If you look at the poster for season 5 of AMC's "Mad Men," you will notice two things.
1) The figure that represents Don Draper, our protagonist, is in free fall.
2) New episodes begin March 25.
Forgive me while I take a moment to make happy noises. (Sorry, Don, about that free fall thing. I'm paying attention to the second piece of information.) "Mad Men" is back! Finally!
It seems like it's been forever since we last saw dapper Don Draper (Jon Hamm), smarty-pants Peggy Olson (Elisabeth Moss), hard-drinking Roger Sterling (John Slattery), luscious Joan Harris (Christina Hendricks), ambitious Pete Campbell (Vincent Kartheiser), and the rest of the crew at Sterling Cooper Draper Pryce, the 60s ad agency hanging on by its fingernails (or by the manicured fingernails of dapper Don Draper) in a changing world.
If I recall correctly, when we left "Mad Men," Don (or his alter ego Dick. Or possibly both of them.) had just (shockingly) married his secretary, toothy Megan, and dumped smarter, all-around cooler Faye; Joan had discovered she was pregnant while her odious husband was off in Vietnam and she got a promotion that gave her more responsibility but no extra money; Roger was hanging out with Joan even though he was married to a chippy named Jane, his former secretary, plus he'd lost the all-important Lucky Strike account; Cooper (Robert Morse!) was ticked enough to walk out on the agency; Betty (January Jones) had finally moved her nasty, shallow self (and the Draper kids) out of the house she once shared with Don, firing beloved nanny/housekeeper/surrogate mother Carla (Deborah Lacey) on her nasty, shallow way out the door, making it abundantly clear to her new husband just how nasty and shallow she really was; Sally Draper (Kiernan Shipka) was 10-going-on-25; and Peggy had shown the moves and smarts to score a pantyhose account that the ailing agency desperately needed. I remember absolutely nothing about what Pete Campbell was doing. And I like him. Sort of. He's kind of a punk, but he has an adorable wife, Trudy (Alison Brie), and I will always remember the two of them dancing a delightful Charleston at a garden party. That's almost enough to save Pete as a character. Almost.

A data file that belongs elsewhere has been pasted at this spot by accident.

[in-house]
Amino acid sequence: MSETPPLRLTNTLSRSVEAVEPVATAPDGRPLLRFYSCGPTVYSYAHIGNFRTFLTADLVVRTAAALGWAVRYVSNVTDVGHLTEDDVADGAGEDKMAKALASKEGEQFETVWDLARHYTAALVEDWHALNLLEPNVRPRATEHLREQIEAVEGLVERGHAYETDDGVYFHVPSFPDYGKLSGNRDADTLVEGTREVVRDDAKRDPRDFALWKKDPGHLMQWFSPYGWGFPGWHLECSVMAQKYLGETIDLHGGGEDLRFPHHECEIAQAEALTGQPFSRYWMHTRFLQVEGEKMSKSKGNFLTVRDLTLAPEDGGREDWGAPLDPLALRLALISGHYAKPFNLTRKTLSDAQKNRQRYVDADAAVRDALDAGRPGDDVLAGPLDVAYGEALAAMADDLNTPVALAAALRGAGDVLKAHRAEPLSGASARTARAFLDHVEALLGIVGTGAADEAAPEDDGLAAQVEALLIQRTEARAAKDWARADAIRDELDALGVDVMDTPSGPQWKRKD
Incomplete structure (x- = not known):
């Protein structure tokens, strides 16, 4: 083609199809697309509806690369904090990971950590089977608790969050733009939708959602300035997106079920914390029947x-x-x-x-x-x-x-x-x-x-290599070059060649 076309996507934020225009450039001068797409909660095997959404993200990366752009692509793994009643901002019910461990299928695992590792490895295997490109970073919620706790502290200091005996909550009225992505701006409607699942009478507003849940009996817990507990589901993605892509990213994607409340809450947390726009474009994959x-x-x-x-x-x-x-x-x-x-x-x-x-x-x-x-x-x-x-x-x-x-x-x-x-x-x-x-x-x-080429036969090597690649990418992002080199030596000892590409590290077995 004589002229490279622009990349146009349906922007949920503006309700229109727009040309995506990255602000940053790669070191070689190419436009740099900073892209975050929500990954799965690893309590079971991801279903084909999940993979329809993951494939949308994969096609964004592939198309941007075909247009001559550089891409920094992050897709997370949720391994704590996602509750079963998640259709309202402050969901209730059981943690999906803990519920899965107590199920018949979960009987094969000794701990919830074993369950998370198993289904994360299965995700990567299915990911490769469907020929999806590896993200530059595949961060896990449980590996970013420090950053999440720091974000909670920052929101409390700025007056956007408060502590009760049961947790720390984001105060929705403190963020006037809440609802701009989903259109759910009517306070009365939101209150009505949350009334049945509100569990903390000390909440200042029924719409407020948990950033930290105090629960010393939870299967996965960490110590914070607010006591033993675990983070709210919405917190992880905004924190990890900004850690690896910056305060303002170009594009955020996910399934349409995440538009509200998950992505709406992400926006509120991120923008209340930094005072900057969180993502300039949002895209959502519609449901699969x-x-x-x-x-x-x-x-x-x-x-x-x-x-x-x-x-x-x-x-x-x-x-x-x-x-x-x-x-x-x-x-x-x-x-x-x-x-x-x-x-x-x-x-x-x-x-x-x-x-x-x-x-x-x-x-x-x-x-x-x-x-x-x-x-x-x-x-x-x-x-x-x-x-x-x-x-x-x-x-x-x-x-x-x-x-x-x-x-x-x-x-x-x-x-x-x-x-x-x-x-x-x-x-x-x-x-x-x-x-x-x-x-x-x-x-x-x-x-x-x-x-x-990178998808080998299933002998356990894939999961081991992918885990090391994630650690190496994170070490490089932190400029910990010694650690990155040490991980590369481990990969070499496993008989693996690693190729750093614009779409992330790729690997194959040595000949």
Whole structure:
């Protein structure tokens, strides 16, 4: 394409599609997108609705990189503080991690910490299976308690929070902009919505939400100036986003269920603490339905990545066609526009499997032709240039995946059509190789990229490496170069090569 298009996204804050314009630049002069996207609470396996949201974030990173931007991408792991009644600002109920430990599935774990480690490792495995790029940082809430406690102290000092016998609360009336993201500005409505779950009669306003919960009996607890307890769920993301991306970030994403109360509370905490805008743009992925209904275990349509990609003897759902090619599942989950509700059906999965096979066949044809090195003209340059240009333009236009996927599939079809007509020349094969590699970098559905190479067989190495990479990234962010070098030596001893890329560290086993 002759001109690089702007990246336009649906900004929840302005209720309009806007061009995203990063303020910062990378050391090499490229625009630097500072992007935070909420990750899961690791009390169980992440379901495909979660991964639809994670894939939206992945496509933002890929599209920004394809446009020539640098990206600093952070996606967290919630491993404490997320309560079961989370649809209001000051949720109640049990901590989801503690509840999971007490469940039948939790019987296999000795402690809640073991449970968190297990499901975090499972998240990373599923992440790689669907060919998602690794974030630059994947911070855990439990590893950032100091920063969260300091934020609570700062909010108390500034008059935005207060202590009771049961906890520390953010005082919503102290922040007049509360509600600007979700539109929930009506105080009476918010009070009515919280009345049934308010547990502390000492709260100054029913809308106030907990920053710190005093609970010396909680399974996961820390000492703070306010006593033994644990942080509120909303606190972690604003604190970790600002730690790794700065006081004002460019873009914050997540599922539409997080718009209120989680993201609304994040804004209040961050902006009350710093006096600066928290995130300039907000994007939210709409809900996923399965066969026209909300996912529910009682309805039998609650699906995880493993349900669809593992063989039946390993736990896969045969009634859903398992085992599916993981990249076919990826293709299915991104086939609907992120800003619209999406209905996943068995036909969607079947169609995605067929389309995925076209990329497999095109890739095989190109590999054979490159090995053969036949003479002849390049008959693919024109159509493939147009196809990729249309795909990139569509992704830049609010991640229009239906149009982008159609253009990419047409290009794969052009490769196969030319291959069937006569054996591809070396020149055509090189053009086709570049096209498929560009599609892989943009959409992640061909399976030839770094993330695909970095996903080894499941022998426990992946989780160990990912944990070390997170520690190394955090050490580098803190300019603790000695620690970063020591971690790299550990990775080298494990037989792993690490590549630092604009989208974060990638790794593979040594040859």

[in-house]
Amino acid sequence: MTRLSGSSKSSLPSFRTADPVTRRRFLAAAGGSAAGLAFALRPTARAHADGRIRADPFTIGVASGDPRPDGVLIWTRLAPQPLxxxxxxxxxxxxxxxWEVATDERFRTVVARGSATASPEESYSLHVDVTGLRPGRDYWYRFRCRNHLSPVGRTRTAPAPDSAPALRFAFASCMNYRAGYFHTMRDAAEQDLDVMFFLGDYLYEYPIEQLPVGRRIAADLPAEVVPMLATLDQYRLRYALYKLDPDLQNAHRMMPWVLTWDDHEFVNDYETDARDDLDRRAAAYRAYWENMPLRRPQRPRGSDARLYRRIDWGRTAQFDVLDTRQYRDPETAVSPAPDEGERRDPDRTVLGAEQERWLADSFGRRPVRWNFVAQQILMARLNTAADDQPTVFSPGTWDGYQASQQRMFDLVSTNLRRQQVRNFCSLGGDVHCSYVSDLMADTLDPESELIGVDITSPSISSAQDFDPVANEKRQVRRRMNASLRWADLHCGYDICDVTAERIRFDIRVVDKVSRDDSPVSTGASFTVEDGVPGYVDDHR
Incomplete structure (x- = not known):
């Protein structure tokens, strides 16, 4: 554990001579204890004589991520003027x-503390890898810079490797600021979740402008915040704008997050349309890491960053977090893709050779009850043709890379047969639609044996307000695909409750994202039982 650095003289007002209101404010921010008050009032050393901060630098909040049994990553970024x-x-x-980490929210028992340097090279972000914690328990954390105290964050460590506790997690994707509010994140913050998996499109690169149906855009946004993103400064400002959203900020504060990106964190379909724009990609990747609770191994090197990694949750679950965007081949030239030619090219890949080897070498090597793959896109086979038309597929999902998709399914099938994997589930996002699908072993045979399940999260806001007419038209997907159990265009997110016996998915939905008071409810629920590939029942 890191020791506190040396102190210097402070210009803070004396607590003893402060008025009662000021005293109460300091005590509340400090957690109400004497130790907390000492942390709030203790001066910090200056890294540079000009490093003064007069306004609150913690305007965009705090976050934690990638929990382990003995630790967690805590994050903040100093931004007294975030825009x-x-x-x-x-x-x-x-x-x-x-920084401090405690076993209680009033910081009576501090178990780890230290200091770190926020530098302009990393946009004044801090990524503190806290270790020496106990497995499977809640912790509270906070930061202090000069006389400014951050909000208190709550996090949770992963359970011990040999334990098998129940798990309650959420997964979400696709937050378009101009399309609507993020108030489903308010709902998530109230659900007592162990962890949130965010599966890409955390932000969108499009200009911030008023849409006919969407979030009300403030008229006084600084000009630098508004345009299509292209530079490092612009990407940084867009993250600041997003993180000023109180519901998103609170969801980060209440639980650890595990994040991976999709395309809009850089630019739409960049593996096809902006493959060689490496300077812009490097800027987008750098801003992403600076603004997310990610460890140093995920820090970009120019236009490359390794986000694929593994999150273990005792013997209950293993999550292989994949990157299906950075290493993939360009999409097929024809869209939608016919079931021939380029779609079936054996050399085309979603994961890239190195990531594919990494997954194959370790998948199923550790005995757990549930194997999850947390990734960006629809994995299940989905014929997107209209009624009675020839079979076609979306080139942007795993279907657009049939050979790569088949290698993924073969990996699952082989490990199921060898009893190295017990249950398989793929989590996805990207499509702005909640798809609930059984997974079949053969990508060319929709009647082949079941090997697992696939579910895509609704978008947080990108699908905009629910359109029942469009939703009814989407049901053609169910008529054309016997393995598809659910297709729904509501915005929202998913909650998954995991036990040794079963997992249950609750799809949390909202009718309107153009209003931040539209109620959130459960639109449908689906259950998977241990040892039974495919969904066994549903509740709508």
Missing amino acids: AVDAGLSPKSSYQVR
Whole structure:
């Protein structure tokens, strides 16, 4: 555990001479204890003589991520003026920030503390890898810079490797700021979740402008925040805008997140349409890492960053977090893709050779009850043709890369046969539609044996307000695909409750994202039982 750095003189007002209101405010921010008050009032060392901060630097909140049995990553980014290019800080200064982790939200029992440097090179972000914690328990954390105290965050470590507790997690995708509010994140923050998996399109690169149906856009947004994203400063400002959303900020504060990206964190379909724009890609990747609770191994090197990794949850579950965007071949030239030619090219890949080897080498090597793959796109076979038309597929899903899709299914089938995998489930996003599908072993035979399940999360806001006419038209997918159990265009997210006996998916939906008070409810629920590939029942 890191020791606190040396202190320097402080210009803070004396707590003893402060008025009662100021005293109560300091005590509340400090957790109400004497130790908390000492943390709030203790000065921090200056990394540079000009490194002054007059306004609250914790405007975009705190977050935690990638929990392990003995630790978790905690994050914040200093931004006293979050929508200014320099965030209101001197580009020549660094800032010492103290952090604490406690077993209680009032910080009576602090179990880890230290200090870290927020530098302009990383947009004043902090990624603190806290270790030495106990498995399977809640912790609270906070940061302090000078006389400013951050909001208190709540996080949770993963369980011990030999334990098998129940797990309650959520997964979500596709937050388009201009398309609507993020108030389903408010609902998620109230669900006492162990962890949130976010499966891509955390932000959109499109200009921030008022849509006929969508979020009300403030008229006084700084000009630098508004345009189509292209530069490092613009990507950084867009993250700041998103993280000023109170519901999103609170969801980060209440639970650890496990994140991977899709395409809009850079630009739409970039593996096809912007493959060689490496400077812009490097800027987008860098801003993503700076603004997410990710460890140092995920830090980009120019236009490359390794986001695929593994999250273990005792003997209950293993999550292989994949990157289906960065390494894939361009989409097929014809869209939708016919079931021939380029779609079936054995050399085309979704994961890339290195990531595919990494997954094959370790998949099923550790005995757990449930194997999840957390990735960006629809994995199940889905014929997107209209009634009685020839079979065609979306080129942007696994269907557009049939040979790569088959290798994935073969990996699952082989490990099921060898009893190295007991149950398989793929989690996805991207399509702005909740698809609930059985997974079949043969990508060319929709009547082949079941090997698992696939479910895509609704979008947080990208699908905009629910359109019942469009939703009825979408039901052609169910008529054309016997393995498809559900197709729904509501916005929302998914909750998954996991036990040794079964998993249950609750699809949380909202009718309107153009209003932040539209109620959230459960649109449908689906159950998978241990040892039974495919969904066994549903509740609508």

All of that was back in October of 2010, with the world inside the show up to October 1965. Since I have vivid memories of 1966 and 1967, I am hoping they don't jump too far into the future when the new episodes begin. I want "Star Trek" and "The Monkees" and "Mission: Impossible" and "How the Grinch Stole Christmas." Not to mention "Sweet Charity" on Broadway, "Who's Afraid of Virginia Woolf?" on the big screen, and "The Sounds of Silence" from Simon and Garfunkel in the background of the characters' lives.
In the past, "Mad Men" creator Matthew Weiner has hit some of the big cultural events while overlooking others, managing a good mix, so that "Mad Men" doesn't come off as a time travel vehicle, but instead, a story of specific people of the period and how they're affected by the times they live in. So if I'm hoping for some Monkees, I will also understand if they don't make it into Weiner's world.
I am also hoping that Bertram Cooper and Robert Morse come back, that Betty is out of the MM universe for good, that Carla comes back, that Peggy gets a decent boyfriend, that Roger dumps his secretary/wife and marries Joan, and that Don dumps his secretary/wife at the precise moment Rachel Menken's husband dies, so those two can be all reunited after all this time. Rachel Menken was totally his best match.
But mostly I am just happy to have Sterling Cooper Draper Pryce and "Mad Men" back. March 25. With a two-hour season premiere. Given that poster, I'm not expecting a whole lot of instant happiness. And that's just fine.